A consistent hot topic at meetings of the Computer Weekly 500 Club is Microsoft and its licensing arrangements.
Much noise is made about seeking alternatives, but in reality, there is acceptance. After all their huffing, IT directors are realising that the licensing costs are only a small percentage of their total operating cost.
They also realise there is a limit to how much time can be devoted to pushing against the monolith to try to extract some percentage reduction of what is perhaps 2% to 3 % of total IT operating costs. These IT costs are themselves likely to be only a small percentage of the company's total operating costs.
Talk of alternative environments, if any success was achieved, could lead to a de-stabilisation of the standards that are in place worldwide as a result of the commonality of Microsoft and its products.
Having been in IT for nearly 20 years means that I remember only too well the very real problems of dissimilar operating environments precluding the movement of data and information from one environment to another.
The facility of the internet coupled with the standardisation of Microsoft products gives a speed and reliability undreamed of not that many years ago.
IT directors have contributed positively to the dominant position that Microsoft is in today as they grasped at the functionality provided.
Only a few months ago there was a call for IT directors to get their chief executives involved in tackling Microsoft. However, I am not sure I would want to do that if I had to admit that the monopoly position Microsoft is in was encouraged by users in earlier days.
I would also not want to admit that I needed such high-level help in something that is only a tiny percentage of the organisation's operating costs. I believe this thinking simply demonstrated the tunnel vision of many IT directors.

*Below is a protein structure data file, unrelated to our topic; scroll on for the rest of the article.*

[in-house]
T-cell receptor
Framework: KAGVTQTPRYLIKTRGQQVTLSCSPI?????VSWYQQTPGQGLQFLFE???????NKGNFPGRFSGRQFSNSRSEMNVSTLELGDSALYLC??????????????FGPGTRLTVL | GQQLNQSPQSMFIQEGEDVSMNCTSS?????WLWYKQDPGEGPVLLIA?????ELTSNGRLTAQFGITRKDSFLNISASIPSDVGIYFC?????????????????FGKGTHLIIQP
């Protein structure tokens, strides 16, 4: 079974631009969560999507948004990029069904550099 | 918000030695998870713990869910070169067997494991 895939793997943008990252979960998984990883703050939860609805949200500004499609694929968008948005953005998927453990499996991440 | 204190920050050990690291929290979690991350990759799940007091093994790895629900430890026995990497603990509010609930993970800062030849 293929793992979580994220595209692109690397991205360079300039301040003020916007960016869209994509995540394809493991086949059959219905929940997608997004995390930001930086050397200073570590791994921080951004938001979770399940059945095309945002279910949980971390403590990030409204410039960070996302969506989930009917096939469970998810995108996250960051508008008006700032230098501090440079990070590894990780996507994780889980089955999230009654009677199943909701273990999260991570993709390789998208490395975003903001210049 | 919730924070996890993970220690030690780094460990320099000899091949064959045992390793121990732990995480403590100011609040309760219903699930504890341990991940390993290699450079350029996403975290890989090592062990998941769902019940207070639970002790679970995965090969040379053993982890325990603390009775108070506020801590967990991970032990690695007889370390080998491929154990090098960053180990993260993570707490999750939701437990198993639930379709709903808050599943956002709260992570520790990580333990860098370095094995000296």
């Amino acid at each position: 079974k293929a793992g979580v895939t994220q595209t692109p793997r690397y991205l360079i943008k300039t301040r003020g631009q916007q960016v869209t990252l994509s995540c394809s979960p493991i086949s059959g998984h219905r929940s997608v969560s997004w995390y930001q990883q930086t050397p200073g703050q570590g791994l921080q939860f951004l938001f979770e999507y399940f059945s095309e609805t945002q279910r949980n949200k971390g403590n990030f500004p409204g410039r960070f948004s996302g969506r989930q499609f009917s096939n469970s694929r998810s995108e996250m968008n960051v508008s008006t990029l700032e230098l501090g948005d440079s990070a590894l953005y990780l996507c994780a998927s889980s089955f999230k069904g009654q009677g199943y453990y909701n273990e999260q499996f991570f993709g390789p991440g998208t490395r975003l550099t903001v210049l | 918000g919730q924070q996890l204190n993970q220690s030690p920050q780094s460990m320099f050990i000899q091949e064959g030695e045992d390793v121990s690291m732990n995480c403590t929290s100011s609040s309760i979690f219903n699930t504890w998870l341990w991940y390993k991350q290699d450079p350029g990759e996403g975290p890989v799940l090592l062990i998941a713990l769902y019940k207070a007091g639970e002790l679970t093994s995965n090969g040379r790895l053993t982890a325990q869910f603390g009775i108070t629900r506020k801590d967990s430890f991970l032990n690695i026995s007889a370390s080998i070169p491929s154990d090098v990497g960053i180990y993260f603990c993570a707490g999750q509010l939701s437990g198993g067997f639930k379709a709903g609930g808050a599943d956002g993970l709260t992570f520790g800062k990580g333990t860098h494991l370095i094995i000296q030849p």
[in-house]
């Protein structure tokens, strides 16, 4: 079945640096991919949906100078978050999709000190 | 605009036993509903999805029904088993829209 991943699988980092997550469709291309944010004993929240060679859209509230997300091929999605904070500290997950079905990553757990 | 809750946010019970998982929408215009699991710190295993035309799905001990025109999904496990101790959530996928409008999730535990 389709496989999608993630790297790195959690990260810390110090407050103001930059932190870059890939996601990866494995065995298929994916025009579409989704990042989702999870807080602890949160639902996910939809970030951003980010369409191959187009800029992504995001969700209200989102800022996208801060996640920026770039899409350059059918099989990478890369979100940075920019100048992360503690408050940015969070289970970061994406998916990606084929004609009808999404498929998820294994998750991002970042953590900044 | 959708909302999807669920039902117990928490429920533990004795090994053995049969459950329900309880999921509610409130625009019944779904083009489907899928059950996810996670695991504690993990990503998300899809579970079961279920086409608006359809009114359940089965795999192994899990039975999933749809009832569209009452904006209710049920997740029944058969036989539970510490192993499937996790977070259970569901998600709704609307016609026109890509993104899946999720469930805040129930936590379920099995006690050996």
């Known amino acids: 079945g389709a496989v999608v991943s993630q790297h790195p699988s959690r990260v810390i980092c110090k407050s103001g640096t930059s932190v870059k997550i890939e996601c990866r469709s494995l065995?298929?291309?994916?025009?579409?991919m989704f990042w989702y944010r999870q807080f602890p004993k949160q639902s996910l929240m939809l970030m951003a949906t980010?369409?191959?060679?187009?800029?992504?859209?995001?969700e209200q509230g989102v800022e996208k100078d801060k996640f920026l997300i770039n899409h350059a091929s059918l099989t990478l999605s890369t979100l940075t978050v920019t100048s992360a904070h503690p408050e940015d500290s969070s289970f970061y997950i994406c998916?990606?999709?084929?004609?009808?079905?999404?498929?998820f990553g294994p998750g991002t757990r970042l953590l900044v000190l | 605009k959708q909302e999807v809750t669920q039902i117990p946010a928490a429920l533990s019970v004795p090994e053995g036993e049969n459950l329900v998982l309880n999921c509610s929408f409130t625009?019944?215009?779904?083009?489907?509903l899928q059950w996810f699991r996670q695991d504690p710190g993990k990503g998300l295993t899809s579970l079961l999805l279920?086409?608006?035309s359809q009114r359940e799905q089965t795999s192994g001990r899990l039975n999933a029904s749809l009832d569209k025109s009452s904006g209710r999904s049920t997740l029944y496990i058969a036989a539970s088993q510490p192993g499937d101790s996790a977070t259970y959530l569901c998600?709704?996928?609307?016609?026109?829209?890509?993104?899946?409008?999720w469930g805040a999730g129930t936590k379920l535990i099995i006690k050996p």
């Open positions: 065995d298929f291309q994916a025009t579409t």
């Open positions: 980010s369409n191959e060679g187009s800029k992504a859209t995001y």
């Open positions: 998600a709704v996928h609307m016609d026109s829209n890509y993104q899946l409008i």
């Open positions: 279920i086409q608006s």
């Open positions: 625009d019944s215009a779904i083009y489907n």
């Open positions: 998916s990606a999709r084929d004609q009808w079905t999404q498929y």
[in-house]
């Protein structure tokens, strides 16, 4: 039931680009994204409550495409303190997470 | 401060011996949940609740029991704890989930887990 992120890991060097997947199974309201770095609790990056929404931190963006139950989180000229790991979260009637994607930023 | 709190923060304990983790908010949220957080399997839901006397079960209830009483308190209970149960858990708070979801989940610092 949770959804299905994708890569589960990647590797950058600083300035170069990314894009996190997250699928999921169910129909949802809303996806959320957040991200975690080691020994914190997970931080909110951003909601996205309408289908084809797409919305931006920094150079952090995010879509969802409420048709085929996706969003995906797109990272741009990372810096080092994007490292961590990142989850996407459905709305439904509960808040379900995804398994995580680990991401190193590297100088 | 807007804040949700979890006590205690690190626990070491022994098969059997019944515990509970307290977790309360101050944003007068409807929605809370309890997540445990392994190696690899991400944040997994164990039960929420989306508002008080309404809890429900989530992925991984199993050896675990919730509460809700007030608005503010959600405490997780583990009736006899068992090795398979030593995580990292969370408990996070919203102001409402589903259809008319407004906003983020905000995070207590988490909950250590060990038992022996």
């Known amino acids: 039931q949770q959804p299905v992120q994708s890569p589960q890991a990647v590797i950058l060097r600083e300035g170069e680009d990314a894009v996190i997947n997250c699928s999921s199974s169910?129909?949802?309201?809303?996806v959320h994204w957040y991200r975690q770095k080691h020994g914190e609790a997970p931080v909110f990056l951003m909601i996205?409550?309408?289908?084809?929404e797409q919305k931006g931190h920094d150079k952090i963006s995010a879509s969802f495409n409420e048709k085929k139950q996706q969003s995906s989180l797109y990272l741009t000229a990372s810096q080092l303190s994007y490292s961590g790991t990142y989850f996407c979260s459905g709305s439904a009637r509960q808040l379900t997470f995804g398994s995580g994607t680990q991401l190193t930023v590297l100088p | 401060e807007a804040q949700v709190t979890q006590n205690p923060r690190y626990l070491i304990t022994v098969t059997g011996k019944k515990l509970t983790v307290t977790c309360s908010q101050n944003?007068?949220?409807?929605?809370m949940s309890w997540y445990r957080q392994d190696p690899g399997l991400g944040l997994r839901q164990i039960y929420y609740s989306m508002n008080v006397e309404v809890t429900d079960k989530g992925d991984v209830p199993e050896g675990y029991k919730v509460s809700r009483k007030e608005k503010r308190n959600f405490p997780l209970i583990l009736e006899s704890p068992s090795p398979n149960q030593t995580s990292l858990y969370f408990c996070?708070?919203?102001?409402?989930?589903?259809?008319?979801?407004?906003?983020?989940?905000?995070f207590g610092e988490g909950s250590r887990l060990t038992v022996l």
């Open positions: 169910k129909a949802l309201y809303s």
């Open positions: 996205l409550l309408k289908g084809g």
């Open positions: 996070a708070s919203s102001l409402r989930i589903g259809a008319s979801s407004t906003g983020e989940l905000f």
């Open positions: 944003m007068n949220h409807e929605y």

I believe the effective way forward is to ensure strong long-term cross-client dialogue with Microsoft, while encouraging alternative suppliers that will develop products which will operate effectively in the environment provided by the Microsoft standards.
I know the old cliché of counting the pennies, but I counter that with the baby and the bathwater. Spend time on what will make a real discernible difference to IT performance.
An analogy would be, if you don't like railway companies, you can try to form your own but, most importantly, any rolling stock you design will have to run on 4ft 8.5in gauge. It is no good saying you do not like that gauge, it is the standard, and that, in practical terms, is what Microsoft provides - the standard track for operations and processes which want to get from A to B and be recognisable at the other end and anywhere they call in on route.
Don't waste time
Don't waste time trying to think of an alternative, instead spend that valuable time learning to live with the standards and products the industry has worked itself into. Also spend time looking at ways to try to ensure that Microsoft's strategic directions are such that they meet your business expectations at an acceptable cost.
Robin Laidlaw is president of the Computer Weekly 500 Club